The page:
Not only does the deal establish an affirmative duty for the banks to offer a loan modification program, it also protects against abuses. Even if servicing agreements prohibit offering a loan modification - for some weird reason, there is notion out there that investors can expect to get paid more if a home is foreclosed on and a family set out on the street than by offering a loan modification - banks are still required to calculate whether the borrower would be eligible for a loan modification, and if the borrower is, the banks would be required to contact the parties to the service agreements and ask them to modify those agreements so that a loan modification can be offered.
But what if the banks try to screw homeowners anyway, and just tell them that the NPV formula requires them to sell by using a different appraisal value than what the market price for the home is? The borrower has recourse.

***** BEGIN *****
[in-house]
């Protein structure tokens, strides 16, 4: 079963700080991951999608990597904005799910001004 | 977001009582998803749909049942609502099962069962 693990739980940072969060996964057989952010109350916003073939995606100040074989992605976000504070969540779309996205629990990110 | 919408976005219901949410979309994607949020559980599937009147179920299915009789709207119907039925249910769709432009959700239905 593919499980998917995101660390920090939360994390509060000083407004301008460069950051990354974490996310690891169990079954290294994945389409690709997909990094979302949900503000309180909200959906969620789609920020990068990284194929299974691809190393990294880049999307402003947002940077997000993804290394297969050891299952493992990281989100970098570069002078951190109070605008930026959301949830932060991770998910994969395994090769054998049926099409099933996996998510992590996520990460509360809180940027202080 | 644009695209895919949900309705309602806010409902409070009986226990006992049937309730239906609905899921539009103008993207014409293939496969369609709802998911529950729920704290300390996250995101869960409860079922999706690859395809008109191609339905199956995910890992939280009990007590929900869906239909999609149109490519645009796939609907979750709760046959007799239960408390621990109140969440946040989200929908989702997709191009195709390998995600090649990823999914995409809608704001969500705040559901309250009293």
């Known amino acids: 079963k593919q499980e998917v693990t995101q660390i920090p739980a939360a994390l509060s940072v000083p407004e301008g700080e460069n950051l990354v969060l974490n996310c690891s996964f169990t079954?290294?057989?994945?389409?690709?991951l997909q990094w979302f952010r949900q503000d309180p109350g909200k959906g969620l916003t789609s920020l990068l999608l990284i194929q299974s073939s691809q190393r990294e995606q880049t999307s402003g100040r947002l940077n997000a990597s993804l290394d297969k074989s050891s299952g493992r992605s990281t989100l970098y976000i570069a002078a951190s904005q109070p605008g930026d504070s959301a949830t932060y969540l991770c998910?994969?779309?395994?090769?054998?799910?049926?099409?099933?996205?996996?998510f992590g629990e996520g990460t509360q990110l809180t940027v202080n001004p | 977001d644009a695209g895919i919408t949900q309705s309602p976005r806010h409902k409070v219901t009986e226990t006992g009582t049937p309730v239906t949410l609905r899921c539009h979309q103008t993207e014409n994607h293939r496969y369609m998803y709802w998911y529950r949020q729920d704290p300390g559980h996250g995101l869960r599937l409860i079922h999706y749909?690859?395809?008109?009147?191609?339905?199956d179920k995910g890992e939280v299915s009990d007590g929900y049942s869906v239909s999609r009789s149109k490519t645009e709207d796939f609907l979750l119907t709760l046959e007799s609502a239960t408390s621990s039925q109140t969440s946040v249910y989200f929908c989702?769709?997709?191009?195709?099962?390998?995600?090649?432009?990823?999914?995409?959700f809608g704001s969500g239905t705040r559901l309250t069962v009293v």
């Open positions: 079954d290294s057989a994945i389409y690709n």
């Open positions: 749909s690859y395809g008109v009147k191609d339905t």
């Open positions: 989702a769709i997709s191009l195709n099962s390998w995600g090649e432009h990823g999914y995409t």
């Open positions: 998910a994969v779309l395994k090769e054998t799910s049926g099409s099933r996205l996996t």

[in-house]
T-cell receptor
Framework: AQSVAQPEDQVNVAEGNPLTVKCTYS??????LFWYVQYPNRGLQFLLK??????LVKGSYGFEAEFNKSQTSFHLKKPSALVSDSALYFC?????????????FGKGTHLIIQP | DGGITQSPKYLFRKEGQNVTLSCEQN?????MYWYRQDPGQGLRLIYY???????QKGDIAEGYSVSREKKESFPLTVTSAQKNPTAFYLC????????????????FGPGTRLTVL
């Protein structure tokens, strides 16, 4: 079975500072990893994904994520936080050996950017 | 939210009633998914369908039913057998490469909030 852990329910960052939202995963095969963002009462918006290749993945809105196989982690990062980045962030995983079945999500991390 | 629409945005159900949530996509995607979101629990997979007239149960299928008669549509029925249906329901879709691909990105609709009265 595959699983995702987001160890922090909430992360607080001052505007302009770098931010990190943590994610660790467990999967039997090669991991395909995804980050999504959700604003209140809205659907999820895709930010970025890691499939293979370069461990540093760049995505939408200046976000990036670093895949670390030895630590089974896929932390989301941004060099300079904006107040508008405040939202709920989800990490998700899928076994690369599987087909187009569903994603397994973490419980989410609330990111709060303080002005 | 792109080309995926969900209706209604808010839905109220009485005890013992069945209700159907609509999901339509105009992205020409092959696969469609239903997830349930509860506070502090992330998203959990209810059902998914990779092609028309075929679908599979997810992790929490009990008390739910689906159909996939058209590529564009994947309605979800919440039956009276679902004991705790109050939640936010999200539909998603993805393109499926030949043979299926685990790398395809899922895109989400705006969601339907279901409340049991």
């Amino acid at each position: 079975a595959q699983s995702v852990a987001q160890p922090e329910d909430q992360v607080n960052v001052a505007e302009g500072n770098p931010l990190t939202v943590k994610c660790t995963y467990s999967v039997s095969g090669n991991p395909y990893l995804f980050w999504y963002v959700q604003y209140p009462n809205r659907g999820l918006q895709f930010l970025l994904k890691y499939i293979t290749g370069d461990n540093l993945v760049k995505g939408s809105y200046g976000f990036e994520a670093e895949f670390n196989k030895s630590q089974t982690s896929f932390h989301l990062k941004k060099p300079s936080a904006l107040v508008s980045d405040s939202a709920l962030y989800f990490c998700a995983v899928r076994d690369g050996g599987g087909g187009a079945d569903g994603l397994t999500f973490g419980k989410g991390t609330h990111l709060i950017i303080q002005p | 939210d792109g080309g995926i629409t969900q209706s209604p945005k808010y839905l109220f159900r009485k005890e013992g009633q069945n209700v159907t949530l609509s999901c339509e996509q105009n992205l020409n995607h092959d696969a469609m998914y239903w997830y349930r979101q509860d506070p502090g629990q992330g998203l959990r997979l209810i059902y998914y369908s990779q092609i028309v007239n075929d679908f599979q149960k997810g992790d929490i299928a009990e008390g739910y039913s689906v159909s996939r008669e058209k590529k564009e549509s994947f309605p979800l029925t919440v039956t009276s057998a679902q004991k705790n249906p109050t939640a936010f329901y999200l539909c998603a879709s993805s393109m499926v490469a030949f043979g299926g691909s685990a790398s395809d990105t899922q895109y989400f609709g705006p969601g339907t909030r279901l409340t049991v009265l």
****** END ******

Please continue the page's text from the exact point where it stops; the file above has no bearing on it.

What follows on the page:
Borrowers shall have the opportunity to provide evidence that the NPV or eligibility calculation was in error. If a borrower disagrees with the property value used by Servicer in the NPV test, the borrower can request that a full appraisal be conducted with HAMP directive 10-15 and that such value be used in NPV calculation.The deal, then, essentially closes the backdoor for the banks to use whatever value they want in order to have their desired outcome rather than what is fair under the terms to the borrower.